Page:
We have obtained U-band polarimetry of the spatially extended blue optical continuum associated with the FR I radio source PKS 2322-122, located in the Abell 2597 cluster central galaxy. We find a 3 σ upper limit to the degree of optical continuum polarization of less than 6%. The accuracy of the measurement is limited primarily by our ability to measure the amount of diluting galactic starlight. This limit is inconsistent with the blue continuum being primarily scattered light or synchrotron radiation. We can therefore exclude models that attribute the blue continuum to scattered light from an active nucleus that is hidden from direct view. Our result does not support the unification paradigm for BL Lac objects and FR I radio sources. Essentially all of the data pertaining to the blue continuum along the radio source - the "blue lobes" - indicate that they are regions of recent star formation. The spatial coincidence between the blue lobes and disturbances in the radio source suggests that star formation may have been induced by an interaction between the radio source and the cool (less than 104 K) surrounding gas. This result, in addition to the results of a similar study of the A1795 cluster central galaxy, shows that under the appropriate conditions FR I radio sources may be capable of inducing significant episodes of star formation in elliptical galaxies. We compare the rest-frame U-band polarized luminosities and 1.4 GHz radio powers of A2597 and A1795 to those for several high-redshift radio galaxies exhibiting the alignment effect. We find that if the polarized luminosities of radio galaxies scale in proportion to their radio luminosities, we would not have detected a polarized signal in either A2597 or A1795. We suggest that the strength of the active galactic nucleus is the fundamental property distinguishing some powerful high-redshift radio galaxies exhibiting the alignment effect from the lower power FR I radio galaxies in cooling flows that exhibit the blue lobe phenomenon. While both FR I and FR II radio sources seem to be capable of triggering star formation, FR I radio sources seem to be incapable of producing a large enough polarized luminosity to contribute significantly to the aligned continuum radiation.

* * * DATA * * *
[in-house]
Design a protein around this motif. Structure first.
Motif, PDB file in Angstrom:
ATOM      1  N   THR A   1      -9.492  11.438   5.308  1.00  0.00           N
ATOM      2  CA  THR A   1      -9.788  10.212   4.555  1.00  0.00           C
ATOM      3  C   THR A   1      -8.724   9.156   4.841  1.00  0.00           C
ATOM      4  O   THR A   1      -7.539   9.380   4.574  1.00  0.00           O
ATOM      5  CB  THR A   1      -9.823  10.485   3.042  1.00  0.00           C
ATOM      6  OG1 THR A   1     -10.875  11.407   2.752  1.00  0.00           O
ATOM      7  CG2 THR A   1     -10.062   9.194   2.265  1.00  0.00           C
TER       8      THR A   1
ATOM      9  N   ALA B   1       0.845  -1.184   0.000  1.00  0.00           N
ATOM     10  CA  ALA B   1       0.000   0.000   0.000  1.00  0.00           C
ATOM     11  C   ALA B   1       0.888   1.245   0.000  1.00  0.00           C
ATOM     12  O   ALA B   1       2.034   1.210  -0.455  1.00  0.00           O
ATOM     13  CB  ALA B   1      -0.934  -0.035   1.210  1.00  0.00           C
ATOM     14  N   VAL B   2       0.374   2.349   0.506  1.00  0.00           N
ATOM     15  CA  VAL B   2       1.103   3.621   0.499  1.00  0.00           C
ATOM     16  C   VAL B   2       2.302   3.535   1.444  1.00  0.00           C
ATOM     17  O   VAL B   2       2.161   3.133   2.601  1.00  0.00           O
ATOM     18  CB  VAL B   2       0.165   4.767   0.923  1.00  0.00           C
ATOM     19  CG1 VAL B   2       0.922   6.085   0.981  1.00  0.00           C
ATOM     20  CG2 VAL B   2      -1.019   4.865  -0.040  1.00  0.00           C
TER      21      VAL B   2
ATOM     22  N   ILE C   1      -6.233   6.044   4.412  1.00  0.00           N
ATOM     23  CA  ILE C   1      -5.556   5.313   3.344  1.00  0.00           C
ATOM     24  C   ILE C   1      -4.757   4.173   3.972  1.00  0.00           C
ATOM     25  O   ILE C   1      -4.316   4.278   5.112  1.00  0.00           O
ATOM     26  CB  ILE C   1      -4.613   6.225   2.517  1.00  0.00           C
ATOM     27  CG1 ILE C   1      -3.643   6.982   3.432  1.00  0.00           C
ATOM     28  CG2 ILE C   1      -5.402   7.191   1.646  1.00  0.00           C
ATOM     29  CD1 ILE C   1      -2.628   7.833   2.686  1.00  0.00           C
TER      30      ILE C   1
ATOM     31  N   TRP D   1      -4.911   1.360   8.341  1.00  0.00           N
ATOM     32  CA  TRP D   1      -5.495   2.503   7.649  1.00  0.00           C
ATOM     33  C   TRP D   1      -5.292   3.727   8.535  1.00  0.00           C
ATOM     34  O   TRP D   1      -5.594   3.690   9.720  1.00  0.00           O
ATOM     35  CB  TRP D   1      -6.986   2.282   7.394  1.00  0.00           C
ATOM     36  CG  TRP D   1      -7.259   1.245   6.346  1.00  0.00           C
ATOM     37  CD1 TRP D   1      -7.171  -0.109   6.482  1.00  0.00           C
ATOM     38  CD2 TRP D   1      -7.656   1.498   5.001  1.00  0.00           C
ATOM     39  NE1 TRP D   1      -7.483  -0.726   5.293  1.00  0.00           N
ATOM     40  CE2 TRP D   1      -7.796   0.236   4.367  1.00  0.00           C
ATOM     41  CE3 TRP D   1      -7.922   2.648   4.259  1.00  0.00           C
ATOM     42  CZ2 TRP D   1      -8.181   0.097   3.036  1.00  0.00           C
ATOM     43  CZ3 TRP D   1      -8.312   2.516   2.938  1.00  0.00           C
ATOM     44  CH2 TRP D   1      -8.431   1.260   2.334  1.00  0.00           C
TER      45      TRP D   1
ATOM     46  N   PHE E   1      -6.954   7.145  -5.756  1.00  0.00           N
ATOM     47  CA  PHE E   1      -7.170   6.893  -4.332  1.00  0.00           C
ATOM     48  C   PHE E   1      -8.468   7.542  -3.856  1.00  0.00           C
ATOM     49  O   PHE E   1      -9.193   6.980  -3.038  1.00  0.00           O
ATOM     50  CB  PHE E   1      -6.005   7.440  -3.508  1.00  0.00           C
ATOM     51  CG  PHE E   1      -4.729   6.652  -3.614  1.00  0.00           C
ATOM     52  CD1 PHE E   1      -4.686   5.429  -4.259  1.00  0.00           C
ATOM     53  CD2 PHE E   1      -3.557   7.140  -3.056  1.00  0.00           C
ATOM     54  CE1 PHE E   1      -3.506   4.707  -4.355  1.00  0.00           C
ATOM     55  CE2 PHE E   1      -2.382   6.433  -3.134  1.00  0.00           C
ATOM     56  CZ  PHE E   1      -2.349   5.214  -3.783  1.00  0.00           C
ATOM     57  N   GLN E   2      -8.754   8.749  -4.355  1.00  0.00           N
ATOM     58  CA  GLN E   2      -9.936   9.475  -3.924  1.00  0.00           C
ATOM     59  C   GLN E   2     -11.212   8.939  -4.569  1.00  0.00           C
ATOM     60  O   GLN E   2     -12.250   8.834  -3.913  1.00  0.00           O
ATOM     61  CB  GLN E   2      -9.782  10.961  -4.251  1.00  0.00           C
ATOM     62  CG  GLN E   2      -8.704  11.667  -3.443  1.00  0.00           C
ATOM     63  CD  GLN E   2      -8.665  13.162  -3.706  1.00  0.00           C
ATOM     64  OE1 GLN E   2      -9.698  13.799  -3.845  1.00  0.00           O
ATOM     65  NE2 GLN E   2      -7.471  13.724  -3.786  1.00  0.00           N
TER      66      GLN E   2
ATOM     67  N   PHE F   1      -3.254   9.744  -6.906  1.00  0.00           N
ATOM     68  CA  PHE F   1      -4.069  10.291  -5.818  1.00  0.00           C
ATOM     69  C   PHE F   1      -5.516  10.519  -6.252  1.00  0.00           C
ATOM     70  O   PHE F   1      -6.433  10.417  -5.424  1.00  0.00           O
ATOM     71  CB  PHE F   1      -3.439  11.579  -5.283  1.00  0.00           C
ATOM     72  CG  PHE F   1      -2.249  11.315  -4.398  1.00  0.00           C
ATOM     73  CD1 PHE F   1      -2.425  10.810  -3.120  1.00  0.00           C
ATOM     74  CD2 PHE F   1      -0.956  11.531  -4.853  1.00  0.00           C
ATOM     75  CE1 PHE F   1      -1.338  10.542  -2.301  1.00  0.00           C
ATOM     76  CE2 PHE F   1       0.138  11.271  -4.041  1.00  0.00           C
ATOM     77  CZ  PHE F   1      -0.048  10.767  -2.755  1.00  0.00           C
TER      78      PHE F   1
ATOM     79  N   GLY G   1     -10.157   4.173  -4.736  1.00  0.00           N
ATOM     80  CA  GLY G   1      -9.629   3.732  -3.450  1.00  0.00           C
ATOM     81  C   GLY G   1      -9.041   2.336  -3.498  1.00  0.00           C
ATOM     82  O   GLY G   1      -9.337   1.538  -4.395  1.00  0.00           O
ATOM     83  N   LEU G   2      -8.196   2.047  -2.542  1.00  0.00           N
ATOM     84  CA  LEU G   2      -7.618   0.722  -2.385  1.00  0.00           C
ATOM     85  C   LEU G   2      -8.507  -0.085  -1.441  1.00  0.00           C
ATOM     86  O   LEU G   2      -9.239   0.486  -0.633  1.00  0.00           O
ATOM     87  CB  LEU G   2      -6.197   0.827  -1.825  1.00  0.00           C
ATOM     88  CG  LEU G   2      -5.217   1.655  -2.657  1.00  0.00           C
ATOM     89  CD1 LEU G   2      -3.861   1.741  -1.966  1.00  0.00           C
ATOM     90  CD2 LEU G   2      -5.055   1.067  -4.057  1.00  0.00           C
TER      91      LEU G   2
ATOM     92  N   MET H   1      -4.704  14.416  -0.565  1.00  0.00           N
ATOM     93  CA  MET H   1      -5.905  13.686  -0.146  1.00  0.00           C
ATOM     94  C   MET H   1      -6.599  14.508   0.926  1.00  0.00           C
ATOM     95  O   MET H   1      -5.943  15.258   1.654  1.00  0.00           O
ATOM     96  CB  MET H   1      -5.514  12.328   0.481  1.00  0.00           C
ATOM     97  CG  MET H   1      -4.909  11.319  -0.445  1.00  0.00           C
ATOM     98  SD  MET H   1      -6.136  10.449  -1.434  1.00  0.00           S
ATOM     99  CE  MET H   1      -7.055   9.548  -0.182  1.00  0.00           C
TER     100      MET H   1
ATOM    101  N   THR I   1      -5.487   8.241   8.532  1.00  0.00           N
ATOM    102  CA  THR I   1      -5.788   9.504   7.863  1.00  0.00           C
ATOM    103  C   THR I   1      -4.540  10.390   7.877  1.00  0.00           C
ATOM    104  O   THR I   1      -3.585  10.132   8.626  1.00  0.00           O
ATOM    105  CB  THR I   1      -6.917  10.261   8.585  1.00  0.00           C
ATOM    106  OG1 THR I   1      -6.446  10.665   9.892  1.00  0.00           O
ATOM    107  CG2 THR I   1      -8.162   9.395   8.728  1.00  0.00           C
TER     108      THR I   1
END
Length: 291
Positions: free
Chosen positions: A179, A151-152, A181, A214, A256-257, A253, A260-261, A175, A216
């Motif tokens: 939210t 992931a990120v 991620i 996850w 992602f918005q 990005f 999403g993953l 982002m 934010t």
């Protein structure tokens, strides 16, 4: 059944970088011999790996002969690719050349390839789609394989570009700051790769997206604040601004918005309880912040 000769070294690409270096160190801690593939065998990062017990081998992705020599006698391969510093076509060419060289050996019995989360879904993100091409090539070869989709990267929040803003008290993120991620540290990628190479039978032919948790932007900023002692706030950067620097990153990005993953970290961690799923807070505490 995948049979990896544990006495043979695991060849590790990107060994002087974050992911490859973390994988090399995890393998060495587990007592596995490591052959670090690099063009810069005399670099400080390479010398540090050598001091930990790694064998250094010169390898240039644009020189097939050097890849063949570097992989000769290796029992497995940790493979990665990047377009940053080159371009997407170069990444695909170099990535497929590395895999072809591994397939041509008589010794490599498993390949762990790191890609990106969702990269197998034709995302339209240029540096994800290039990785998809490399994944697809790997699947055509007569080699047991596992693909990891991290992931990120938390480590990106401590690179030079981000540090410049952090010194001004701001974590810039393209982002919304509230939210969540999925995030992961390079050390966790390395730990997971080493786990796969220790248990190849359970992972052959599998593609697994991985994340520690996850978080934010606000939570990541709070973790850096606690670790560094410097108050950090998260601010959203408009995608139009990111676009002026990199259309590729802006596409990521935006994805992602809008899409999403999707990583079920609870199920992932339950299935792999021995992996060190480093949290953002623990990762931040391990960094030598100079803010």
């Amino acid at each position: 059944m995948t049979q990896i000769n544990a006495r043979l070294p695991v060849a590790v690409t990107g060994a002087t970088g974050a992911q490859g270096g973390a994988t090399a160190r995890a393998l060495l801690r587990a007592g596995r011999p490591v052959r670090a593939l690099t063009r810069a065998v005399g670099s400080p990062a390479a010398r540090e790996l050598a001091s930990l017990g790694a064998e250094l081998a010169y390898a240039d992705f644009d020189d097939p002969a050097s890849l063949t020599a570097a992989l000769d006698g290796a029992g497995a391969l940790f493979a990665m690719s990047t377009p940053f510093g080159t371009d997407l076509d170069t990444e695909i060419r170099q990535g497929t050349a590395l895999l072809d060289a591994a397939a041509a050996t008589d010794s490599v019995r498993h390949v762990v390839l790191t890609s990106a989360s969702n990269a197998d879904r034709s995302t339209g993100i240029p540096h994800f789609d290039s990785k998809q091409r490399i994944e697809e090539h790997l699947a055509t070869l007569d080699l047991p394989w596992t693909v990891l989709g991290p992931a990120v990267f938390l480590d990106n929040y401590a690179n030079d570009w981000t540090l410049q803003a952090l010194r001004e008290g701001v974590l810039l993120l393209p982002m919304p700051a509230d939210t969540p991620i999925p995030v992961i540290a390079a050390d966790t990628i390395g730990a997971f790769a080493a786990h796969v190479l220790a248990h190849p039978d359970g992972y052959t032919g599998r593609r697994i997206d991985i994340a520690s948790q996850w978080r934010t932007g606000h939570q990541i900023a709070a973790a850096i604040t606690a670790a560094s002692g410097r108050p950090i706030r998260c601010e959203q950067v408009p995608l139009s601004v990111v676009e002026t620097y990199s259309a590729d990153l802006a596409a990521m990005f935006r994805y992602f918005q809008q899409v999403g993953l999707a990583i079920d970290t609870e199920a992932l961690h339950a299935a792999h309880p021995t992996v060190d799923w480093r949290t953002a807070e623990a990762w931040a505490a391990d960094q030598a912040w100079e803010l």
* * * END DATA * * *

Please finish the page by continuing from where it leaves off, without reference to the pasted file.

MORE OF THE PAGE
- Galaxies: active
- Galaxies: clusters: individual (A2597)
ASJC Scopus subject areas
- Astronomy and Astrophysics
- Space and Planetary Science